However, it may not be all doom and gloom. Some investors have become savvy to the implications of climate change, accruing land with water rights10 or taking advantage of farmland experiencing a longer growing season.11
The big signal revolution
Peter Lynch famously said, “know what you own...” in his book One Up on Wall Street. Often overshadowed is the second half of what he said: “… and why you own it.”12
The “big data” revolution has allowed investors to become less reliant on voluntary corporate disclosure, as the universe of ESG information from alternative sources continues to expand at a pace that far outpaces improvements in voluntary disclosure.
But data alone may not address the second half of Mr. Lynch’s maxim: “…and why you own it.” And it is this question that can best help investors make sense of all this data and extract the most relevant signals.
As we look out onto the next decade for MSCI ESG Ratings, having more data will be the easy part. The hard – and important– part will be knowing how to identify and apply the most relevant metrics to provide increasingly relevant ratings and research.
Leadership in the age of transparency
It’s no secret that the disintegration of walls between corporate leaders and their employees, markets and governments hasn’t just exposed leadership to reputational damage; it has exposed investors to new vulnerabilities.
But in 2019, we anticipate investors will stop asking after a scandal, “what did the board know, and when did they know it?” and start asking “what are my rights?” before a scandal hits.
This is important as some companies seem to be immune to change even after a scandal. Using misconduct or other leadership-controversy data from 2015 for the 2,675 companies in the MSCI ACWI Index, we found that, on average, companies in the lower third of “investor influence” refreshed their boards and CEOs over the following three years (49% of boards replaced and 14% of CEOs replaced) far less often than more easily influenced companies (58% of boards and 44% of CEOs).
Company responsiveness to controversies varies by level of investor influence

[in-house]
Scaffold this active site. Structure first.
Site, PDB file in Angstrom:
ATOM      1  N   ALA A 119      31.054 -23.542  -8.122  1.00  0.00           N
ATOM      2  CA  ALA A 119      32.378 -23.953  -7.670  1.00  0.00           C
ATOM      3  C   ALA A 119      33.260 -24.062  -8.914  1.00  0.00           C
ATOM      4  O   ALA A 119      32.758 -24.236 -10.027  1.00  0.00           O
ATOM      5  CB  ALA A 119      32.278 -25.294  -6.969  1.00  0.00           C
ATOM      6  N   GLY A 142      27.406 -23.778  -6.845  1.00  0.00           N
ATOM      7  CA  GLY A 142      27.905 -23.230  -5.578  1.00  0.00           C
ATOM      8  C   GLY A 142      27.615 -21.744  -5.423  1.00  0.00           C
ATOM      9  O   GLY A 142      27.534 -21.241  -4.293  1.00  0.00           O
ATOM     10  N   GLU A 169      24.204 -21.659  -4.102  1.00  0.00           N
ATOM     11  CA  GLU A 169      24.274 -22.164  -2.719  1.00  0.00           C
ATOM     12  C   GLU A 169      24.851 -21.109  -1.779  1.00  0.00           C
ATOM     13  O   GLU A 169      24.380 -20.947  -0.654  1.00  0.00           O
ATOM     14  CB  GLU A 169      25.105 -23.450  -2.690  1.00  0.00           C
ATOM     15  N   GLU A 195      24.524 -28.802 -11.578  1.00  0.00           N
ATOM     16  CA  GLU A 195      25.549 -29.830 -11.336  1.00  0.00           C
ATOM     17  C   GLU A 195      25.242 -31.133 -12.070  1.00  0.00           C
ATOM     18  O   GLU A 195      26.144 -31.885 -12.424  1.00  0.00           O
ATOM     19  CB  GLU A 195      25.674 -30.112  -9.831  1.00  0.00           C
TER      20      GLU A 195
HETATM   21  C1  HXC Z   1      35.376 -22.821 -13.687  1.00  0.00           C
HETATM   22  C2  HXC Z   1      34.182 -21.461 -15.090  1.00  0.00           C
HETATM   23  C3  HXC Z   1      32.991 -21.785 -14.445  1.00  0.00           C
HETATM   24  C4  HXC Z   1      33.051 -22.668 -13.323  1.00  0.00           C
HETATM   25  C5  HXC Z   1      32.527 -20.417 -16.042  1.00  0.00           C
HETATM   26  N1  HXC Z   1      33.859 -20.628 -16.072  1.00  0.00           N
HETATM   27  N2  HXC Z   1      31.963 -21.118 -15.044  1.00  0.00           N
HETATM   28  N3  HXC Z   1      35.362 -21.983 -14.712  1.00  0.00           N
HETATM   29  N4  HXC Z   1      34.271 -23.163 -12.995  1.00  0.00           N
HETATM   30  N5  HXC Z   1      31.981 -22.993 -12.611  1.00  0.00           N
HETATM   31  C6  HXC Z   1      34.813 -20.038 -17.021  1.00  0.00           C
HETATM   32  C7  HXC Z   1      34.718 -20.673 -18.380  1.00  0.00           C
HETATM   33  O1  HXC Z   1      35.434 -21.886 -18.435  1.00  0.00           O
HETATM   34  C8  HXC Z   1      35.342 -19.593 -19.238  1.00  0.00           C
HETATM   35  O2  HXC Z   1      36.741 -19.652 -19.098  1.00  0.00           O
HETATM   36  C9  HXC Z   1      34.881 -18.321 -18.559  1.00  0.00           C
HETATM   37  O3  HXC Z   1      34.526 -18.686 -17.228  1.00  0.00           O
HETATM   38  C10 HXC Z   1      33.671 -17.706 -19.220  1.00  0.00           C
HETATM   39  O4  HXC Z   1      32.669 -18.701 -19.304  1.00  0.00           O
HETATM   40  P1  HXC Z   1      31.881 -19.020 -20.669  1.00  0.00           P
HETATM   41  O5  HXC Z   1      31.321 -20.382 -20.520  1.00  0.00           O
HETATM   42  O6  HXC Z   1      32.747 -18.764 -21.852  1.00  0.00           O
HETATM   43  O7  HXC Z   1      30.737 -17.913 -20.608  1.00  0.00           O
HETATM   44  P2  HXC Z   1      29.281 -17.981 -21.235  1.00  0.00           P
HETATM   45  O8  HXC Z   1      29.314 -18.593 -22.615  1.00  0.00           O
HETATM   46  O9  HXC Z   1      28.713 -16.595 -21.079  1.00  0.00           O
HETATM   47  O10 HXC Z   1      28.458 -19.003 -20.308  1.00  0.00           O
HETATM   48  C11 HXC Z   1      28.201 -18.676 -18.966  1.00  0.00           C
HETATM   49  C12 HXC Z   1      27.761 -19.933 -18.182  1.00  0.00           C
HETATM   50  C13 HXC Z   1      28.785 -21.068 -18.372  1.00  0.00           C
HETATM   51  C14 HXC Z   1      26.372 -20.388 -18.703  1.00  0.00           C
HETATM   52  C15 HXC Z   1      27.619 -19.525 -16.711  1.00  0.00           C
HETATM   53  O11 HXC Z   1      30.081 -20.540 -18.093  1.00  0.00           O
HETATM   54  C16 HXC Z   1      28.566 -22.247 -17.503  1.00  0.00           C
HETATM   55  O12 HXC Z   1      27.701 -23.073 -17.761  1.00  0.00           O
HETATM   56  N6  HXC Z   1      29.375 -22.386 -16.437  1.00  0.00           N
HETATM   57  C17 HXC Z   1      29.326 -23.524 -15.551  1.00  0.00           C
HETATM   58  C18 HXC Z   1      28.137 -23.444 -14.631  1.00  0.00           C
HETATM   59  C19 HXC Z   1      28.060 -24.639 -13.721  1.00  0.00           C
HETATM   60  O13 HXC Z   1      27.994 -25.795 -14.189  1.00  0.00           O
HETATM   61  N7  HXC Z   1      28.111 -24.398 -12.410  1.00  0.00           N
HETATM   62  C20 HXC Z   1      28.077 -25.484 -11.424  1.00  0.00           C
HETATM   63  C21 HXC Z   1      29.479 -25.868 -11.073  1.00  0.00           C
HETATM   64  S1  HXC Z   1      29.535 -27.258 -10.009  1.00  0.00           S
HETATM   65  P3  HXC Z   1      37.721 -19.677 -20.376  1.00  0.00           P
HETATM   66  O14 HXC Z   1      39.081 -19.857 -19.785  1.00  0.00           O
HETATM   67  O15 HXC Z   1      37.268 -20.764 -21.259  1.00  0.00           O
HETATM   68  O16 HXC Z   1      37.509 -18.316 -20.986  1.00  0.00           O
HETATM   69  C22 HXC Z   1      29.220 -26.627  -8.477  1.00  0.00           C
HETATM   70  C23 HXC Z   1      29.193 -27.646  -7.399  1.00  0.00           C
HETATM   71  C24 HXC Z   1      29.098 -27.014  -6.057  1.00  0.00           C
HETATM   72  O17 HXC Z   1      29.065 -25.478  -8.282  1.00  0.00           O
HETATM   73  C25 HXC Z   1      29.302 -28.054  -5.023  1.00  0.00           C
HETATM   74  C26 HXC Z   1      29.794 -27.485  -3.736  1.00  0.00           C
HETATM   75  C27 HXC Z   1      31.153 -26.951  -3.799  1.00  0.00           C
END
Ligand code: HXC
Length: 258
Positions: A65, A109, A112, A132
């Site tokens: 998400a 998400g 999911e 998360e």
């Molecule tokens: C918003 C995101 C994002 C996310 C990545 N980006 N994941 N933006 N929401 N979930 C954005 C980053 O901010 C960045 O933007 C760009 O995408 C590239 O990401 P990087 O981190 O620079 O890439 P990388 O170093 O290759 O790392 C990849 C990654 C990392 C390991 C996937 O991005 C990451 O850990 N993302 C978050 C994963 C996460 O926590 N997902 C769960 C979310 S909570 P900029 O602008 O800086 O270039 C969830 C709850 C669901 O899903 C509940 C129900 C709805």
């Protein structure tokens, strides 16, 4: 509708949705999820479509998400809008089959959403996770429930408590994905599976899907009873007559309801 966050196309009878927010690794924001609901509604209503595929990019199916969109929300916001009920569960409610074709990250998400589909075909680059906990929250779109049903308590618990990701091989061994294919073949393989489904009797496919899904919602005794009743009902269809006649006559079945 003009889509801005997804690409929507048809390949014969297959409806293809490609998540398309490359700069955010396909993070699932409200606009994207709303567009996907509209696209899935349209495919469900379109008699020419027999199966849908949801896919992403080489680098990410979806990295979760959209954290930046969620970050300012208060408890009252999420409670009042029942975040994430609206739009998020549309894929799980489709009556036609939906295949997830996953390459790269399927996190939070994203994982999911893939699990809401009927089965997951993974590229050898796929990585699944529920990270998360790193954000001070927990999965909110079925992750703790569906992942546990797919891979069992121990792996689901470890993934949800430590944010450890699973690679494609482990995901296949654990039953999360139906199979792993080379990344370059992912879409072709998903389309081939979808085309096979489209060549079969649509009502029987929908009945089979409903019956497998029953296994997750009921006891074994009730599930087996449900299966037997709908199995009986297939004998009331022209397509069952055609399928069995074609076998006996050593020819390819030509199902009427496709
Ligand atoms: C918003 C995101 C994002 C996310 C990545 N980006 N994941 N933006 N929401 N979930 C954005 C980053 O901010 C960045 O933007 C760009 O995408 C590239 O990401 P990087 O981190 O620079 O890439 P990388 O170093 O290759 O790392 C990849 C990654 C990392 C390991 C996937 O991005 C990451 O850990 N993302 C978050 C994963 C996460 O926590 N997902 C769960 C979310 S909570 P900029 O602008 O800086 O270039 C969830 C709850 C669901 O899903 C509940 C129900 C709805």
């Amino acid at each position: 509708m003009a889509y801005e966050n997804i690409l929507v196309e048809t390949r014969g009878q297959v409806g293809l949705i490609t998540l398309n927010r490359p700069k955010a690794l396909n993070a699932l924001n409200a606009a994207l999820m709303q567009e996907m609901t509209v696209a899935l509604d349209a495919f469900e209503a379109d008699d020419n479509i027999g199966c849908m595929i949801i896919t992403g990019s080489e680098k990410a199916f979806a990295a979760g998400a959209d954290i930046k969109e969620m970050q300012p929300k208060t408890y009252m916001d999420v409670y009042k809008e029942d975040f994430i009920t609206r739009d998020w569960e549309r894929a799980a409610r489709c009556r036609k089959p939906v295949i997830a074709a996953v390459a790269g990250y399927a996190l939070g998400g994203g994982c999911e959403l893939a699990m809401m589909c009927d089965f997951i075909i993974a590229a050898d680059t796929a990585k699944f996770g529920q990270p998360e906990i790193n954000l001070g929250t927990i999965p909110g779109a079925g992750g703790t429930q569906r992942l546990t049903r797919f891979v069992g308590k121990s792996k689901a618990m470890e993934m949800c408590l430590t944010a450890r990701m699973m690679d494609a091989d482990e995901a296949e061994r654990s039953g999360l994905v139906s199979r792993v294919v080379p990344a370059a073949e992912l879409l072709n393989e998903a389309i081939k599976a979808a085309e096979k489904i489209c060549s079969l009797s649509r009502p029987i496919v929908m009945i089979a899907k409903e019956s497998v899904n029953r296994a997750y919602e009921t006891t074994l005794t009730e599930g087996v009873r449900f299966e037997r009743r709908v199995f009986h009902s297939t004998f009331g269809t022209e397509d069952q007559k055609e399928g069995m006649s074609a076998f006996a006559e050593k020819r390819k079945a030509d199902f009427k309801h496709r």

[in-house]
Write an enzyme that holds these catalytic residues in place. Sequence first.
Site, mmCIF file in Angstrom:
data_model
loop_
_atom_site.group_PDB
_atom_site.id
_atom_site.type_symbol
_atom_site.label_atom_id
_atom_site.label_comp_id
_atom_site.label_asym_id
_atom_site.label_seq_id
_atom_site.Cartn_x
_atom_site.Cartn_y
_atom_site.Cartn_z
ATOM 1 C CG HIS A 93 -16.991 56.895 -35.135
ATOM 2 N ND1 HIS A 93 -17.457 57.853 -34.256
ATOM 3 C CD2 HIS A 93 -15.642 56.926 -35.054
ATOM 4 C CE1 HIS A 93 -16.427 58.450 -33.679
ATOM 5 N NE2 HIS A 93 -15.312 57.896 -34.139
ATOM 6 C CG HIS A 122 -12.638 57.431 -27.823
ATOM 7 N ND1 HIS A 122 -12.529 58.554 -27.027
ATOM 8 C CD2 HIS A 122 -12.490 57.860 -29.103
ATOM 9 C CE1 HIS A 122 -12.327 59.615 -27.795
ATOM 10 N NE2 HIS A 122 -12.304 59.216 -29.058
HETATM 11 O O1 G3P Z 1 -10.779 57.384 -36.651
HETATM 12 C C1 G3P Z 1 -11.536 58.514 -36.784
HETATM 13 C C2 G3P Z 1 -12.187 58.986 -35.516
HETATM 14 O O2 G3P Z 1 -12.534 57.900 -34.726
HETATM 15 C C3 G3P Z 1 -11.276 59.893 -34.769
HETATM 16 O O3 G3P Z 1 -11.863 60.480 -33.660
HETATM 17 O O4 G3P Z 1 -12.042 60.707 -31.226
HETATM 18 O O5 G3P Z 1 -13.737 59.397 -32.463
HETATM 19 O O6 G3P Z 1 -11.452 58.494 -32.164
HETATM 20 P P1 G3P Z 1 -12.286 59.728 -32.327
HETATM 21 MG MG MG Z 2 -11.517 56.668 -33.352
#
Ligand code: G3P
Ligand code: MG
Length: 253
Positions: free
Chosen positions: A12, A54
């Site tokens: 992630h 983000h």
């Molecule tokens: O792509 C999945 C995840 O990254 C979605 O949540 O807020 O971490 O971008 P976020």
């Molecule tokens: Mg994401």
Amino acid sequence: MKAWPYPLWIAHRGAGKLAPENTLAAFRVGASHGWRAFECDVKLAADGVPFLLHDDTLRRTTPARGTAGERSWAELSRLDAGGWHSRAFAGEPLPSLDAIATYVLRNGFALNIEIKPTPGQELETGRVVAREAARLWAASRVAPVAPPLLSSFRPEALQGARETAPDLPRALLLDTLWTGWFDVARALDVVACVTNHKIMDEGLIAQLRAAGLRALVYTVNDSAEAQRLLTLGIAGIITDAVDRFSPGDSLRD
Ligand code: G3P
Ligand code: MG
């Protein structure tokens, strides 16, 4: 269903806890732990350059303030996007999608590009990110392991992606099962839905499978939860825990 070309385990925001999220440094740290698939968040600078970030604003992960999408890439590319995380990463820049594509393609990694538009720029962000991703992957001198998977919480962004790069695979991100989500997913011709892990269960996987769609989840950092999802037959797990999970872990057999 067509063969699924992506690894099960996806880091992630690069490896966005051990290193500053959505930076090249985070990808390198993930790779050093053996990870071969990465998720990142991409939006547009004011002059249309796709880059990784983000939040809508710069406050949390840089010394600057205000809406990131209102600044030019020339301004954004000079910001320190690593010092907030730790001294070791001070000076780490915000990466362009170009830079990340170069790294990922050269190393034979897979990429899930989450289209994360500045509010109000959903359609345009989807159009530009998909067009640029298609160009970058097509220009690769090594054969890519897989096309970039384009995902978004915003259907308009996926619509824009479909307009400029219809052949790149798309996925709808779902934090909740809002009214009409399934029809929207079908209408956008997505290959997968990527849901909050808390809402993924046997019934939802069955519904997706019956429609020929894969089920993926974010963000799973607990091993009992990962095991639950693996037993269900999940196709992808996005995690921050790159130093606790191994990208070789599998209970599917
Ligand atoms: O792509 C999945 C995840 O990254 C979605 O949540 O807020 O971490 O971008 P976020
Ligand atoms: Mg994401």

Source: MSCI ESG Research, MSCI ACWI Index constituents, as of Dec. 31, 2015
“Someday” has arrived
Whether contending with the trade war on plastic waste, new regulations or leadership in the age of transparency, the trends for ESG investors have one thing in common: acting today could make the difference tomorrow.
3 Seeking Alpha, MSCI ESG Research
4Screening criteria (a) more than 3 companies in GICS-sub industry (b) 25% or more companies in the GICS sub-industry with greater than 10% exposure to the plastic related keywords in through company 10-Ks, focusing on the pertinent sections of the reports: Business, Risk Factors, Management’s Discussion, Analysis of Financial Condition and Results of Operations. Notably two GICS sub-industries that didn’t meet the minimum companies in industry screening criteria but had high exposure and 100% companies exposed to these issues were (1) brewers and (2) housewares & specialties.
5 See PRI’s regulation map updated and complemented by MSCI ESG Research
6 Data from 2017 and 2018 using most recent available. Covers China, Canada, South Africa, Japan, European Union members and South Korea. Sources: PricewaterhouseCoopers, Boston Consulting, Investment Funds Institute of Canada, Nomura Research and Korea Herald.
9 Uses the average lifespan of a commercial property estimated at 50 years.
12Lynch, P. (1989). “One Up on Wall Street: How to Use What You Already Know to Make Money on the Market.” New York, NY. Simon & Schuster.